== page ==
Tuesday, May 29, 2012

Setting thoughts - Combining Harrow Home and the Library

Thanks all that have voted so far on the setting concepts poll over there in the right column.  So far the Harrow Home Manor idea and the Library of De La Torre idea are leading the way.  So the natural thought is, how easy would it be to combine the ideas?

One of the interesting historical bits about the Yorkshire area in the real world is that there are many ruined abbeys and priories around the moors.  The ruins date back to an event related to the rise of the Anglican Church called the Dissolution of the Monasteries.  In the 1530's, word went out throughout England that monasteries devoted to Catholic orders were banned; the monks were told to convert, retire, or in cases where they rebelled or resisted, were executed or imprisoned.  The monasteries were sacked and stripped, the land was sold off, the libraries were burnt.

I developed a history for the site of Harrow Home Manor that traces the use of the site from pre-Celtic times all the way through the 'modern' day (1620's), identifying how the site changed hands from Celts to Romans, Saxons to Vikings, Normans to Tudors, and so on.  The site has been home to a chapel and church at multiple times during its two thousand year history.

The prevalence of churches and monasteries around the edges of the moorland attests to the existence of an ancient, slumbering evil that called for vigilance amongst a secretive order of clergy that understood the threat, and kept records and histories.  With the Dissolution of the Monasteries, the official cover for this secretive order, as regular Cistercians, was stripped away, and a few of the monks barely escaped with whatever records or accounts they could manage before the long arm of the king tossed the rest onto the flames.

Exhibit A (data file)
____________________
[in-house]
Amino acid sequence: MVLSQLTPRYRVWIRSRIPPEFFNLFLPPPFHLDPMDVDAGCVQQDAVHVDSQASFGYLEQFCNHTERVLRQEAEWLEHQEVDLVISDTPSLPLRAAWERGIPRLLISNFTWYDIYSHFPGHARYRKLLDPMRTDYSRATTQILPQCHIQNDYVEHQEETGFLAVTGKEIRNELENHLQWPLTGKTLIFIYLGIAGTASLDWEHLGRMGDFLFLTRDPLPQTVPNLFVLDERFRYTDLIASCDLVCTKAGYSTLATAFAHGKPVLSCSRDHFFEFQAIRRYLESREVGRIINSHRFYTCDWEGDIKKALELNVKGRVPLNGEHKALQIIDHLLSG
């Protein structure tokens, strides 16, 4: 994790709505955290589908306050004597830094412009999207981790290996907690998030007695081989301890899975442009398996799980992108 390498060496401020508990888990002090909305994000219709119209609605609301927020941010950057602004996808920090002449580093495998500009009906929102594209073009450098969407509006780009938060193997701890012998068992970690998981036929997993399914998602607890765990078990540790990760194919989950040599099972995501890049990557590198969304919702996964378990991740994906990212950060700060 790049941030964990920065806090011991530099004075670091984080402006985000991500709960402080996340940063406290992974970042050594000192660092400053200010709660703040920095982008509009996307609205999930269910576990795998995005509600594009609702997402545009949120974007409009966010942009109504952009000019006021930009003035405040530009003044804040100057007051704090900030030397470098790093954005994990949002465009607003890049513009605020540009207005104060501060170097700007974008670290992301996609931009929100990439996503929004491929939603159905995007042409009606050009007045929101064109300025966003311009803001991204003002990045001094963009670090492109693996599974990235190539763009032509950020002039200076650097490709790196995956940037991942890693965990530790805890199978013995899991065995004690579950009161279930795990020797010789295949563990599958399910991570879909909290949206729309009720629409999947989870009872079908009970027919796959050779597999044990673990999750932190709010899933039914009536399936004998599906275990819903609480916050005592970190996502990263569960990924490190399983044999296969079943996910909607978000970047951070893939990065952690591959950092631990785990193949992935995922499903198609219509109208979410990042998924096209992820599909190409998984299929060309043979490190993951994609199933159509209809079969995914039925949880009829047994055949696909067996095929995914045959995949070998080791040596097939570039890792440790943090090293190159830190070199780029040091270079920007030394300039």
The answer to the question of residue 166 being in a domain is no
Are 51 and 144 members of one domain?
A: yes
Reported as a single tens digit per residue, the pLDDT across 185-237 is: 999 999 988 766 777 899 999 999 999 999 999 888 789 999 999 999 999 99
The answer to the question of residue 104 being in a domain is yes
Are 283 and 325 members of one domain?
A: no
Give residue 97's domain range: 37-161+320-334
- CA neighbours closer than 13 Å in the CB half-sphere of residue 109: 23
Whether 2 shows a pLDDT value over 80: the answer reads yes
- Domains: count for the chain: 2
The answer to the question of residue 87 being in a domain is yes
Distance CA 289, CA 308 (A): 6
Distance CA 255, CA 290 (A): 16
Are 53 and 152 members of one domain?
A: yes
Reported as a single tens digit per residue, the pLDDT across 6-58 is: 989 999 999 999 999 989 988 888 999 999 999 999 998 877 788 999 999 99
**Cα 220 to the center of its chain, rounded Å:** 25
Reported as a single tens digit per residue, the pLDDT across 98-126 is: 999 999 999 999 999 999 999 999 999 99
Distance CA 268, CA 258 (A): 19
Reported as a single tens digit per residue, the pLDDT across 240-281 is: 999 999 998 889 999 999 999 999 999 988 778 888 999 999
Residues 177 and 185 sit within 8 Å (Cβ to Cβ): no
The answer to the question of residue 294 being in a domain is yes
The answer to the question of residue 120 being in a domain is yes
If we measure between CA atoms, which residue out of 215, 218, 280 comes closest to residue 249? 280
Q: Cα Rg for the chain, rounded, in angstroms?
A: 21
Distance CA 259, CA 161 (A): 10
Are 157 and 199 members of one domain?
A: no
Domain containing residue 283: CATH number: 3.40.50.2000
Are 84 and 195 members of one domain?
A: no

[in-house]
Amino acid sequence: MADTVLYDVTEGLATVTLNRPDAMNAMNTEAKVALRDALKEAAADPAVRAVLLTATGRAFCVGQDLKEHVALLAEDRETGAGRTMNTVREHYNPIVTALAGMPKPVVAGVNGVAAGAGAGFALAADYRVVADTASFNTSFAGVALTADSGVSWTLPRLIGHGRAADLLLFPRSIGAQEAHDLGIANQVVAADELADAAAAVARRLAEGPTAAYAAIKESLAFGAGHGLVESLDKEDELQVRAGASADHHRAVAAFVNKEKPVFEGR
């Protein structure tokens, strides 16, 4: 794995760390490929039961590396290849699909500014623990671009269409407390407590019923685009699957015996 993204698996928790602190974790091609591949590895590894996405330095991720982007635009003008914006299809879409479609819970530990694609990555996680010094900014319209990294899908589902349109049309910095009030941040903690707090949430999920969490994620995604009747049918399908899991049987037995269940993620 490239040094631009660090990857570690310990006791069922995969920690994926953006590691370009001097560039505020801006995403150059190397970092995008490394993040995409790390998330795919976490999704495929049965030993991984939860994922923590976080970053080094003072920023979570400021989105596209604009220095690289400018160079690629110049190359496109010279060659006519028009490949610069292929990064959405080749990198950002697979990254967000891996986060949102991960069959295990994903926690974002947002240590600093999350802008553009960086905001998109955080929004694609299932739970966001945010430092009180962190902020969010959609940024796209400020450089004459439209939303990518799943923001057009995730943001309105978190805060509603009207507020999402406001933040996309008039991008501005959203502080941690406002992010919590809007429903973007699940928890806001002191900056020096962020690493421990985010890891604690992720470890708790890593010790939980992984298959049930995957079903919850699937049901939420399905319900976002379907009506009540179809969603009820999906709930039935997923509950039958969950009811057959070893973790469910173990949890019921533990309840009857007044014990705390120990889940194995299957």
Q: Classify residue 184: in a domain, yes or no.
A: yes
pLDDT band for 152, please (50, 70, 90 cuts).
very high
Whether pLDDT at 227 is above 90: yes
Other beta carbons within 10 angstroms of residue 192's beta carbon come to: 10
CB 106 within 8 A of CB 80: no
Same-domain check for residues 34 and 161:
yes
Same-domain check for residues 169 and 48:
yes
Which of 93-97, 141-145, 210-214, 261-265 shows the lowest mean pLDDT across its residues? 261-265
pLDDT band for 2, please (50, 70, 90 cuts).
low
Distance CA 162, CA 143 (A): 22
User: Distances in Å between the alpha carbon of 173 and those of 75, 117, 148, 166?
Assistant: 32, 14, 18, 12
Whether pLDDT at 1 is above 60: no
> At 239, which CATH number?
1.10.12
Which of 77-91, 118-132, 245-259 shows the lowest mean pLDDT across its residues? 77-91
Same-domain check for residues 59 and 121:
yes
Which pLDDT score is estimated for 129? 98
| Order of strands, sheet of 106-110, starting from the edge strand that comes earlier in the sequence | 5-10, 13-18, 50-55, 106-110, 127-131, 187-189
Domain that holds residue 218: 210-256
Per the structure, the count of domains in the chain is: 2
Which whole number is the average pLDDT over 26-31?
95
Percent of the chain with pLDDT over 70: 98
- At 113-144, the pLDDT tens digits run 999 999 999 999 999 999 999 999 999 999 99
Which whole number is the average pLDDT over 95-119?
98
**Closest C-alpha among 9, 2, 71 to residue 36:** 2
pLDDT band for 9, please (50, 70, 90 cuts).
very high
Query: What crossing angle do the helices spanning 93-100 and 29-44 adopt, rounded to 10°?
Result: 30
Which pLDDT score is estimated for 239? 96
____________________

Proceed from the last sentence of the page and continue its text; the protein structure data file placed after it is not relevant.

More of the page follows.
Or to come at it another way:  now it's the year 1620, at a tavern in one of the growing trade towns like Scarborough or Pickering.  A local merchant recently bought a property and discovered a store of scrolls and illuminated texts hidden in a secret cellar chamber, describing a mysterious order of monks from 80 years prior (the Ordo Fratrum Advigilo*) that warned of a sleeping evil beneath the moorlands, and documents note the various places where they had discovered entrances  and caves leading into the miasmic depths.  Never mind the superstitious claptrap, says the merchant, the texts describe treasure brought into the depths in bygone ages!  Celtic torques, Roman standards, Viking hacksilver, crusader gold!  As the merchant sits across the tavern table from you, he offers a deal:  he'll grant access to the secret library he now owns, and will provide a bit of funding towards adventuring gear and equipment, in return for a cut of the treasure.

Voila!  It combines the info-dump and target-rich opportunities of the Library of de la Torre, and the small micro-sandbox and tightly themed gothic megadungeon of Harrow Home Manor.  As I think through the implications, I'm imagining this adventure would be much more "handout intensive" like a traditional Cthulhu investigation rather than your standard dungeon, merging some of the best parts of both experiences.  Who was that monk who stashed the collection of rare scrolls 80 years ago during the chaos of the Dissolution, and are there any other secretive members of the Ordo still lurking about, watching for signs and portents?  The theme of "vigilant watchers for the return of evil" even has echoes of Tolkien, or D&D standards like the Temple of Elemental Evil and the villages of Hommlet and Nulb.

*If anyone out there is good with Latin, I'd appreciate any correction to the name for the order - it should be something like the Order of Watchful Brothers or some such, only in proper Latin.


  1. "Ordro Advigiladorum Fratrum"
    "Adviliganda Fraternitas"
    "Ordro Fratrum Custodum"
    "Custodum Fraternitas"

  2. I like it! A nice spooky, inbred vibe with a whiff of the post apocalyptic. Reminds me of a cross between Swifts Waterland and McCormac's The Road.

  3. Of course, the central piece of the puzzle was squirrelled away by Walsingham or Cecil or somebody, and therefore is now hidden in the collections at Lambeth Palace or the Tower or the Bodleian, so some kind of Bookhounds heist is necessary to bring it back...

  4. I like it, a lot. Richard's additions are really growing it as well. I'd play in this game, any day!

  5. I agree, those are some good ideas - I like the idea of fragments ending up in different collections and requiring some knowledge quests.

    I'm not sure I'd go all "World of Darkness" with the supernatural conspiracies, but the suppression of the Catholic Monasteries could have had ulterior motivations or non-human supporters as well.

    @Porphyre: Thanks! I like the sound of "Ordro Advigiladorum Fratrum".